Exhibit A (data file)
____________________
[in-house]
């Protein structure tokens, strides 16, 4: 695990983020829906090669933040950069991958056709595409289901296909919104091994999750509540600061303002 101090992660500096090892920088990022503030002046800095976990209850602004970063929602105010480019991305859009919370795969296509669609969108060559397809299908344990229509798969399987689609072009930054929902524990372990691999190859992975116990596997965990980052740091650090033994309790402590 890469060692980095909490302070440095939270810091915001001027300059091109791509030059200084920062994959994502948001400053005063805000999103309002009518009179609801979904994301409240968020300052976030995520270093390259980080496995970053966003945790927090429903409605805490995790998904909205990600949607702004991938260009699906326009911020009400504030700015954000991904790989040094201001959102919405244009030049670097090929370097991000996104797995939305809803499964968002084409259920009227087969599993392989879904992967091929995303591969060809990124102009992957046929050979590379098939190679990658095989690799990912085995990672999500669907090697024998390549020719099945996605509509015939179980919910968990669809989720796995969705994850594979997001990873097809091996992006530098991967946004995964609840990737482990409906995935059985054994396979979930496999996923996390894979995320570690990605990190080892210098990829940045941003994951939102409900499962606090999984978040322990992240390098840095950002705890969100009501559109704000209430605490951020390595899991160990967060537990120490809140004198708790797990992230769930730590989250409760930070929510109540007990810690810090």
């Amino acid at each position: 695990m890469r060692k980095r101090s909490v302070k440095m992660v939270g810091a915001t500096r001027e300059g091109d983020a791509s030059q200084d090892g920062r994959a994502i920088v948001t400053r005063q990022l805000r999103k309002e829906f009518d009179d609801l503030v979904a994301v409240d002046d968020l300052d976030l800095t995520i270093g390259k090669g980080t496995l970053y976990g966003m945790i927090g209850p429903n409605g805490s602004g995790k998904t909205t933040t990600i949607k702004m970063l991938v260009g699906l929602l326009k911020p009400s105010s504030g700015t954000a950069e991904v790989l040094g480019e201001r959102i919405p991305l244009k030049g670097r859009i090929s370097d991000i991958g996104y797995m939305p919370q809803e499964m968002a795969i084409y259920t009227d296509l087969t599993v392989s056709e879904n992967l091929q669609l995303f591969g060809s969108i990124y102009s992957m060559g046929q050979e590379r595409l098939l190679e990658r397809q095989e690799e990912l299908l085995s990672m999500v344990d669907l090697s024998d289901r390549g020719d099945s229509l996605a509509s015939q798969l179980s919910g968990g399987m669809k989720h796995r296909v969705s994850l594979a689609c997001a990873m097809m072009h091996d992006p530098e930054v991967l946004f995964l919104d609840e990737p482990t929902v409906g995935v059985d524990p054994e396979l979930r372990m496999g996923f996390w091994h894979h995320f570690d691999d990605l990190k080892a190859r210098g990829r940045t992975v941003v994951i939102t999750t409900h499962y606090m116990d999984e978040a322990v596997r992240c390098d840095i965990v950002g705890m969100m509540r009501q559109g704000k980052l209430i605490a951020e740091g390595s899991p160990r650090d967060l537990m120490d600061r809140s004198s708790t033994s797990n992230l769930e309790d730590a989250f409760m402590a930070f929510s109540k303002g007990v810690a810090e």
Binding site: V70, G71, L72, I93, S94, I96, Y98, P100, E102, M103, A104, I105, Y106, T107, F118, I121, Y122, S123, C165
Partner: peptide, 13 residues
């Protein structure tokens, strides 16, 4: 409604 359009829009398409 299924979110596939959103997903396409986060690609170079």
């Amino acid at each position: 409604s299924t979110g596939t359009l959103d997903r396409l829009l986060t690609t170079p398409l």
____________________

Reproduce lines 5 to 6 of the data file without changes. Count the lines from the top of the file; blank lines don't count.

Partner: peptide, 13 residues
């Protein structure tokens, strides 16, 4: 409604 359009829009398409 299924979110596939959103997903396409986060690609170079």